One hundred fifty miles from Kyoto, Mount Fuji isn’t banning tourists outright, but the famed UNESCO World Heritage site is implementing a daily visitor cap of 4,000 people and charging climbers 2,000 yen (US$13.50 based on current conversion rates) for the opportunity to make the trek to the top of the 12,388-foot snow-capped stratovolcano. The new rules will begin July 1, 2024, when the trekking season begins.

In recent years, more than 400,000 people have summited Mount Fuji in the two months in late summer when it is allowed—that’s roughly 7,000 people a day—not counting the many more who hike to lower elevations on the mountain (the largest base station, called Subaru, saw 4 million visitors in the summer of 2023, for example). The result is human traffic jams and garbage problems, both of which pose environmental concerns to the volcano that is sacred to many Japanese people. The visitor cap and additional fee are meant to help unburden Mount Fuji and keep it clean. Additionally, the funds will be used to hire guides to enforce safety measures, like deterring ill-equipped hikers from wearing the wrong clothing or footwear, not allowing people to sleep on the side of the trail or build fires, and educating climbers about general mountain etiquette (in 2023 alone, 61 rescue calls were made by unprepared trekkers).

Climbers on a rocky path at the summit of Mount Fuji in Japan with views of clouds down below and a traditional Japanese gate on their trail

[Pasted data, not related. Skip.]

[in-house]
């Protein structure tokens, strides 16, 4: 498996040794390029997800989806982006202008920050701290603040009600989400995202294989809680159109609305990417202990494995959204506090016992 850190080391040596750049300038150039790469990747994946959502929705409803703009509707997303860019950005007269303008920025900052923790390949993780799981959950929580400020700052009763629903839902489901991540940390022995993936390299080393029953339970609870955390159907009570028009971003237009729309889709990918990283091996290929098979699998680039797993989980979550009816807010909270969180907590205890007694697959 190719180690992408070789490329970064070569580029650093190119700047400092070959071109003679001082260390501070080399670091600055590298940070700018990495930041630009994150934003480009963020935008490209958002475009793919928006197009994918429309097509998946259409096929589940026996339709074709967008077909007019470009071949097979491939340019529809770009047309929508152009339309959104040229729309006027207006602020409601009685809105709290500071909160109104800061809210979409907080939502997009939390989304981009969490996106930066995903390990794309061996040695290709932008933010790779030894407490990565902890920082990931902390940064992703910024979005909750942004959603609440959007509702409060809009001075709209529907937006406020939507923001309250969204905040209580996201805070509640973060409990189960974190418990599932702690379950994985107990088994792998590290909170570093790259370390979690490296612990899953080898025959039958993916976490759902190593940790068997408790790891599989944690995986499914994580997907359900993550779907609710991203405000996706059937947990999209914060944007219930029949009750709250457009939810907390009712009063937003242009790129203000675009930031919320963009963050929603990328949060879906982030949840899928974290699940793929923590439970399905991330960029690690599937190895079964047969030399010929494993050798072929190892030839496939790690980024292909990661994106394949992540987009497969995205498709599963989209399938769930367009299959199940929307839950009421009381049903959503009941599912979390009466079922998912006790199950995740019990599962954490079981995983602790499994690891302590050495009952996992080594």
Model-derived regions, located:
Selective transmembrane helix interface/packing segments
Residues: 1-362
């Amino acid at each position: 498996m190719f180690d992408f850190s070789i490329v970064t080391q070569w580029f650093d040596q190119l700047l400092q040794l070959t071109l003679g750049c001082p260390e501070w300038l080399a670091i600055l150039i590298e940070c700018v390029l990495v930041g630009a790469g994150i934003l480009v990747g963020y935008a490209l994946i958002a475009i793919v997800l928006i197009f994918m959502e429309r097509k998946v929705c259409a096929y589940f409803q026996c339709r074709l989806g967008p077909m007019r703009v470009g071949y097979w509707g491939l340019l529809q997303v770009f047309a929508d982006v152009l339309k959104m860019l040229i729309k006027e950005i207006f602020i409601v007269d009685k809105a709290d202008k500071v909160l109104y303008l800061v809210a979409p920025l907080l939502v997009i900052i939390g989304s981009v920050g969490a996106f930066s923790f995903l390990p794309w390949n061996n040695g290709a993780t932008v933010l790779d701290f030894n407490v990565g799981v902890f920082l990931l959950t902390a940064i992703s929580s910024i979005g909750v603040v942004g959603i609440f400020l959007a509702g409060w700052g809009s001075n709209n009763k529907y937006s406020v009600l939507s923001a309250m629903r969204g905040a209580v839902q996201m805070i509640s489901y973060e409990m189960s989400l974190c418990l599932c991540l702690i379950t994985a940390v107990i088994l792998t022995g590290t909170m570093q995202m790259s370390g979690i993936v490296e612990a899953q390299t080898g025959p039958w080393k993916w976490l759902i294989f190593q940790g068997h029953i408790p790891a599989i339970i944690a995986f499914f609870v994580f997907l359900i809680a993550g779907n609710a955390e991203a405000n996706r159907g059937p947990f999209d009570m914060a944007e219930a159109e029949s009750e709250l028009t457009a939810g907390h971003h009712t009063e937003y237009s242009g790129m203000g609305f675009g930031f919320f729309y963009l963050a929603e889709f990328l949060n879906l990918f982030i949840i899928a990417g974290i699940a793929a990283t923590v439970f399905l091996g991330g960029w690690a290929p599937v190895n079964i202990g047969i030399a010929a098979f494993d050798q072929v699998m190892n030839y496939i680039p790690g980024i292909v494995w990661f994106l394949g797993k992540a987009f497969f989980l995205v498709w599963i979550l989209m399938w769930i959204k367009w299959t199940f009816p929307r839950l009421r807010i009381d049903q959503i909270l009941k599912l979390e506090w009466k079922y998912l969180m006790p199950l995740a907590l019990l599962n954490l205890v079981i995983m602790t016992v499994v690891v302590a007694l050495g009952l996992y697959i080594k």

Starting this summer, Mount Fuji will cap the number of daily visitors at 4,000.

Photo by simpletun/Shutterstock

Additionally in the nearby town of Fujikawaguchiko, a black barrier is being installed to block the view of Mount Fuji as seen from a Lawson convenience store, the Japan Times reported. The spot has become an all-too-popular location for snapping images of the famous peak rising up in the background behind the store. Consequently, authorities are reportedly erecting a net that will measure 8 feet high and 65 feet long.

An official from Fujikawaguchiko was quoted in the Japan Times as saying that “it’s regrettable we have to do this, because of some tourists who can’t respect rules.” There have been issues with trash being left behind and visitors not abiding by traffic rules.

Although Japan is limiting who can visit the areas of Gion and Mount Fuji, the country is rolling out the welcome mat for foreigners in other ways. Japan’s Immigration Services Agency recently announced plans to issue six-month digital nomad visas to citizens from 49 countries, including the United States, up from the previous limit of 90 days. The program is slated to launch by the end of March.

Bailey Berg is a freelance travel writer and editor, who covers breaking news, trends, tips, transportation, sustainability, the outdoors, and more. She was formerly the associate travel news editor at Afar. Her work can also be found in the New York Times, the Washington Post, National Geographic, Condé Nast Traveler, Travel + Leisure, the Points Guy, Atlas Obscura, Vice, Thrillist, Men’s Journal, Architectural Digest, Forbes, Lonely Planet, and beyond.